The Gers is a department in the southwest of France, part of the historical region of Gascogne. It is near Toulouse, an hour or two from both the Atlantic and the Mediterranean, and on a clear day, you can see the Pyrenees from the top of any of the region's higher hills. It belongs to none of these places, however, and you feel almost as if it were stolen from much farther away. Tuscany comes to mind, and there's plenty of red-earth fields, sunflowers and grape vines to hold this illusion, but the hills are greener, the landscape less Mediterranean. Its stone farmhouses and manors almost look as if they belong in southern Normandy, but their facades are too warm for northern France. Toulouse is only an hour away but everything is built in stone, not brick, and the rolling hills have nothing in common with the flat valley of the Garonne. You end up concluding that it is entirely unique, a place that combines the best elements of other places you've been and rearranges them to make paradise.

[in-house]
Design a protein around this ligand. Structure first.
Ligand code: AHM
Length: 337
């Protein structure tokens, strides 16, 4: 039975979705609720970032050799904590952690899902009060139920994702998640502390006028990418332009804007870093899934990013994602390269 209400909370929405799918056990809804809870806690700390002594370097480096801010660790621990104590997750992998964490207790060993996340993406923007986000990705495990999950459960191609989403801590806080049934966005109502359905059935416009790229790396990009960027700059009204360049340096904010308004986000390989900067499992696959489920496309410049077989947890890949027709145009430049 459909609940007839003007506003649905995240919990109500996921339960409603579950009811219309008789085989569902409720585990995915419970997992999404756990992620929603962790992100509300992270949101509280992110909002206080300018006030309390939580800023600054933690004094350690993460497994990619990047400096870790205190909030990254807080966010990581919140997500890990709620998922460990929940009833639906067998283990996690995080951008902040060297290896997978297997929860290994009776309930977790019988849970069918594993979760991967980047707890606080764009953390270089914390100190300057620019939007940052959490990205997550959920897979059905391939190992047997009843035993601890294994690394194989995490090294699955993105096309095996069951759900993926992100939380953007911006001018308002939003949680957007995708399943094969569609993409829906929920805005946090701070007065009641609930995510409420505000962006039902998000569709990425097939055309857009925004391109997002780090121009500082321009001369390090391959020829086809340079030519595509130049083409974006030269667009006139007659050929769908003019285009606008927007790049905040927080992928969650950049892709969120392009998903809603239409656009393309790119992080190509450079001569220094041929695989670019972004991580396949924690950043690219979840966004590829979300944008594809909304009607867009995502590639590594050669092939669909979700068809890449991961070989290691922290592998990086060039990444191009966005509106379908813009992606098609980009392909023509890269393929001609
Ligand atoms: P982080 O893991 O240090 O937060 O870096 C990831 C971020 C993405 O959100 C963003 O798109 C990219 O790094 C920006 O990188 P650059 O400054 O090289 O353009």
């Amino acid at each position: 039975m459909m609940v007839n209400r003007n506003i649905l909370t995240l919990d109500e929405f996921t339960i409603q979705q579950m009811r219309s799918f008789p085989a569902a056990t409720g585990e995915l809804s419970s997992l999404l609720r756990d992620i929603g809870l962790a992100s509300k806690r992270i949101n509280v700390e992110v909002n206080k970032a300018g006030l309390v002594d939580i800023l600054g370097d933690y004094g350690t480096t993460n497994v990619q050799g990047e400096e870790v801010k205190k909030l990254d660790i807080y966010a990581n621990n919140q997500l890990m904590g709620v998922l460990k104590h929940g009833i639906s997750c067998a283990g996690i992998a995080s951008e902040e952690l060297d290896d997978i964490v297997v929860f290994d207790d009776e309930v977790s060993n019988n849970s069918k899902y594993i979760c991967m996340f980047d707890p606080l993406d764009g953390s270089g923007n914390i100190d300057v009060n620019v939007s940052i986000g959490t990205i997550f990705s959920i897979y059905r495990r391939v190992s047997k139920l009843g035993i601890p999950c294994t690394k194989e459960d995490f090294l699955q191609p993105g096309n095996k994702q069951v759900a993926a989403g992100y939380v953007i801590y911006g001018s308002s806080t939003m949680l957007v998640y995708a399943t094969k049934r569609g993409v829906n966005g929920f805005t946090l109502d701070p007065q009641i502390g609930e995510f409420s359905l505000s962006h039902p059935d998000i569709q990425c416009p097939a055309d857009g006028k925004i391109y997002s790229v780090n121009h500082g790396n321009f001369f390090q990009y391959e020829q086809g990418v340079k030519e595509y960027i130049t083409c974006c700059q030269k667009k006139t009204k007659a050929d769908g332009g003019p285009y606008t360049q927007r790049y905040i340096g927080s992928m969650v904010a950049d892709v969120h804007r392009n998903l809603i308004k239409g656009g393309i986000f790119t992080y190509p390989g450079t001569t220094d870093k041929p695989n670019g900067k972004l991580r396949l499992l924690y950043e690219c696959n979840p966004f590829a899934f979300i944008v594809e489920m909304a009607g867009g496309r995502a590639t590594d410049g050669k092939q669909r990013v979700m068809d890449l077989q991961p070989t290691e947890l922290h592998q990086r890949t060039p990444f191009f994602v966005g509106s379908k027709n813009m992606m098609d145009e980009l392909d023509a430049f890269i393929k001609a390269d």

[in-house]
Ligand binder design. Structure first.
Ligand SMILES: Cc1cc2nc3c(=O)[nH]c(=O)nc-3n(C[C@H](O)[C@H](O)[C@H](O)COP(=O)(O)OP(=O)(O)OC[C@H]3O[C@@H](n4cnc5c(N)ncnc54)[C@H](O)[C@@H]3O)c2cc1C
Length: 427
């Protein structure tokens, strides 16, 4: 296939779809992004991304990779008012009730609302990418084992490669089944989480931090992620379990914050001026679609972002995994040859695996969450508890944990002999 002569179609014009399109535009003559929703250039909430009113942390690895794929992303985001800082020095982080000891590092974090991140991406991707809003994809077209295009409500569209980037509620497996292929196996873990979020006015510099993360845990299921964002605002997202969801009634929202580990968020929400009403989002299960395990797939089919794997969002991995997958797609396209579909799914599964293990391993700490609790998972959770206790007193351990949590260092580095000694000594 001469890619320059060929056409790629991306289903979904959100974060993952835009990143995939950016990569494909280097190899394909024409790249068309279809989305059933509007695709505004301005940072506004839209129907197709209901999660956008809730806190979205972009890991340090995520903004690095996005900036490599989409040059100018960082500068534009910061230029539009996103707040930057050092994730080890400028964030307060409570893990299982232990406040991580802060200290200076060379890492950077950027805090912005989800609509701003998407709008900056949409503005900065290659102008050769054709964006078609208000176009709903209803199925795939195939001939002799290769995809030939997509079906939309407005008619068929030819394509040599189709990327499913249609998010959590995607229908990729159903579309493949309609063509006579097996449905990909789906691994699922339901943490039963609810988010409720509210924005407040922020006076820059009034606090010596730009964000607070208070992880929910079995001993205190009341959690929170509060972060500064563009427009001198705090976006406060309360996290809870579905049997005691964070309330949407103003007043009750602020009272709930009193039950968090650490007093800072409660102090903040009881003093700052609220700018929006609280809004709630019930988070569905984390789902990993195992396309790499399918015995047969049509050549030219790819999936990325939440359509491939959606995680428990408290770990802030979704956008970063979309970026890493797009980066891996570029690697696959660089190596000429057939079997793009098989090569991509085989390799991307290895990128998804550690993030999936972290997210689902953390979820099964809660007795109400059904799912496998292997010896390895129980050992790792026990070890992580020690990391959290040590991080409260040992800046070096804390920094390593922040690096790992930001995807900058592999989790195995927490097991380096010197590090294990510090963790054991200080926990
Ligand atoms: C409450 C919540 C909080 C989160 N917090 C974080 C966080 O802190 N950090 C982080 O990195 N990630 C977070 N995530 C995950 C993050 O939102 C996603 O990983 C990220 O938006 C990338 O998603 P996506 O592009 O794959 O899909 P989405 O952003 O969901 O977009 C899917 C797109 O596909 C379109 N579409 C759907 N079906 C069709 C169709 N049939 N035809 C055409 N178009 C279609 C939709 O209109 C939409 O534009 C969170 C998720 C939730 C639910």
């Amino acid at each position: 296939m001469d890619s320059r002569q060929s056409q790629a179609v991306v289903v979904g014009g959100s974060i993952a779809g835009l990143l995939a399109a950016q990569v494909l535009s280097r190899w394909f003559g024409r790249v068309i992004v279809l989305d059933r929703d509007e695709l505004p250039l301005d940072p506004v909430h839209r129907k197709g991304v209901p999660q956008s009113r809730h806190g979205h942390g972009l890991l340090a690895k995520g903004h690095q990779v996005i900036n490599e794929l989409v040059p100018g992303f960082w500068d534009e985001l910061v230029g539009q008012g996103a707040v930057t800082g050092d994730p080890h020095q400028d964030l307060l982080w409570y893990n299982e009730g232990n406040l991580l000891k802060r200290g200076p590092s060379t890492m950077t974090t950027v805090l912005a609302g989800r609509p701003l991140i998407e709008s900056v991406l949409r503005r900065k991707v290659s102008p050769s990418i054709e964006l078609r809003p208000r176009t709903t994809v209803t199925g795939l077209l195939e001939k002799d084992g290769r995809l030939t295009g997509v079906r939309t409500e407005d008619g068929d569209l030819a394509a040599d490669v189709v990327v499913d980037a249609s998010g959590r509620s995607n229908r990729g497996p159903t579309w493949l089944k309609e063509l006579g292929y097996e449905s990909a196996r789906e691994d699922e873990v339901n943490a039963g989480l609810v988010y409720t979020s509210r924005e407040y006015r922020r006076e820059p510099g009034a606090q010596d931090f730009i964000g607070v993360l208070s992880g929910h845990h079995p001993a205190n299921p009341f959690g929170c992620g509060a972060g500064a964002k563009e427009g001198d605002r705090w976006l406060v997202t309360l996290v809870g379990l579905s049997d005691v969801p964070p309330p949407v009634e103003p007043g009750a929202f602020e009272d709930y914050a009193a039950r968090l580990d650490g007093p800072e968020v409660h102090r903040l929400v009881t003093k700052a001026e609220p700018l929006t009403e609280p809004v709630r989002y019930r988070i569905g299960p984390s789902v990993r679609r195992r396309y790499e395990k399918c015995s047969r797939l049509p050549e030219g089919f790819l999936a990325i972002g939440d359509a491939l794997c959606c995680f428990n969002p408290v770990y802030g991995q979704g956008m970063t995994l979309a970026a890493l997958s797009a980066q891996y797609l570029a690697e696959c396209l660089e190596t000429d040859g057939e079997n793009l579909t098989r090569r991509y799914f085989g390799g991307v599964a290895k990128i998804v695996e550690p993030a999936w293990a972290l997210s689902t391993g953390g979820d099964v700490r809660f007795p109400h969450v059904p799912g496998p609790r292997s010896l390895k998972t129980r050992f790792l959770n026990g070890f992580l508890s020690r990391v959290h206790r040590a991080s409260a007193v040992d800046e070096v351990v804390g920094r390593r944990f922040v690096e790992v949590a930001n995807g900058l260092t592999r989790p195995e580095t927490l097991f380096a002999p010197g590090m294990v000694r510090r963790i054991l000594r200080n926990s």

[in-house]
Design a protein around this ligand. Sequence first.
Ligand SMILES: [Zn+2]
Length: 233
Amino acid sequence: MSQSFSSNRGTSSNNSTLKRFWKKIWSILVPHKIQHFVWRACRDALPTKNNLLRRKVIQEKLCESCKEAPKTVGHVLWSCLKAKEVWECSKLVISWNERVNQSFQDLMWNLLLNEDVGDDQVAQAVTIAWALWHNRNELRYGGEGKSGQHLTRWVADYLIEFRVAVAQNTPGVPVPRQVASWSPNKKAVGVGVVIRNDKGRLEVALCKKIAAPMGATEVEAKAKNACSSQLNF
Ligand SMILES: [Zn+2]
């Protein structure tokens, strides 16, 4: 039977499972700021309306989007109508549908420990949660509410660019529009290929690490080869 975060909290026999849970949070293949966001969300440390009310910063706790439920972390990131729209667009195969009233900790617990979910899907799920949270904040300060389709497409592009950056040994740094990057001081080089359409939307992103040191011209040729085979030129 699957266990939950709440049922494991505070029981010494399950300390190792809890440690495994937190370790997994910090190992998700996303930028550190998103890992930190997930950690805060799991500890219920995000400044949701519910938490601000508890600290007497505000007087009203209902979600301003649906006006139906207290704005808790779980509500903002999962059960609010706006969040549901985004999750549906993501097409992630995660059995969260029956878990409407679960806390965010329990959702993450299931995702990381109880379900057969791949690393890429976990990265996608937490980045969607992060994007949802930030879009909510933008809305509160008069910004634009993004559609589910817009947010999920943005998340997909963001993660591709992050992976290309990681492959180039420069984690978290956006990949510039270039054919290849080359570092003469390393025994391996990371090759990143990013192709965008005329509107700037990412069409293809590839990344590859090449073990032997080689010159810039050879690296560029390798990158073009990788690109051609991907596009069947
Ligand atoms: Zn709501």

You come quickly to the conclusion that you are, in fact, in the land of milk and honey. Or wine and foie gras, more accurately. It is no exaggeration to claim that at the crest of every hill there is a castle or a fortified village, a perfect medieval postcard unmarred by any signs of modern life. The region was blessed, in a way, to have been for centuries a crossroads, strategically important to the Romans, and later the object of endless wars between the English and the French. It was then fortunate enough to have been forgotten in modern times. There are no major cities and only one town of any importance, no industry, almost no modern construction, no housing developments. You suspect it was all forgotten sometime early in the last century, and the inhabitants all left to tend to their geese and their Armagnac vines in peace.